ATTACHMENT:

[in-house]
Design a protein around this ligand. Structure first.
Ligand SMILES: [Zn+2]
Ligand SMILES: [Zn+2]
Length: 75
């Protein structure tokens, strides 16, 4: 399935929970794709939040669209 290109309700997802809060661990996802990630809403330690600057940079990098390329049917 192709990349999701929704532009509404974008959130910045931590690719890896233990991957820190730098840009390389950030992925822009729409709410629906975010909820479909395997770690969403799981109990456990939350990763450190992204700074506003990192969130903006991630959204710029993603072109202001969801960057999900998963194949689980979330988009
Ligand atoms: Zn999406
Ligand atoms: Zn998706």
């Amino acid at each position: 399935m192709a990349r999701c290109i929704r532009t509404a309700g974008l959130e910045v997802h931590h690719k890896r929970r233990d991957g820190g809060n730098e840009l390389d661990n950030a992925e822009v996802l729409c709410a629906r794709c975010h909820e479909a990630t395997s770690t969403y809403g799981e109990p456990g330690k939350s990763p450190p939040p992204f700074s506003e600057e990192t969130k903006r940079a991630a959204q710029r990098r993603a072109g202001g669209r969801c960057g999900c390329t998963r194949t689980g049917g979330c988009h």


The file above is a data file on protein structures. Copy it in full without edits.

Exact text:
[in-house]
Design a protein around this ligand. Structure first.
Ligand SMILES: [Zn+2]
Ligand SMILES: [Zn+2]
Length: 75
């Protein structure tokens, strides 16, 4: 399935929970794709939040669209 290109309700997802809060661990996802990630809403330690600057940079990098390329049917 192709990349999701929704532009509404974008959130910045931590690719890896233990991957820190730098840009390389950030992925822009729409709410629906975010909820479909395997770690969403799981109990456990939350990763450190992204700074506003990192969130903006991630959204710029993603072109202001969801960057999900998963194949689980979330988009
Ligand atoms: Zn999406
Ligand atoms: Zn998706």
């Amino acid at each position: 399935m192709a990349r999701c290109i929704r532009t509404a309700g974008l959130e910045v997802h931590h690719k890896r929970r233990d991957g820190g809060n730098e840009l390389d661990n950030a992925e822009v996802l729409c709410a629906r794709c975010h909820e479909a990630t395997s770690t969403y809403g799981e109990p456990g330690k939350s990763p450190p939040p992204f700074s506003e600057e990192t969130k903006r940079a991630a959204q710029r990098r993603a072109g202001g669209r969801c960057g999900c390329t998963r194949t689980g049917g979330c988009h």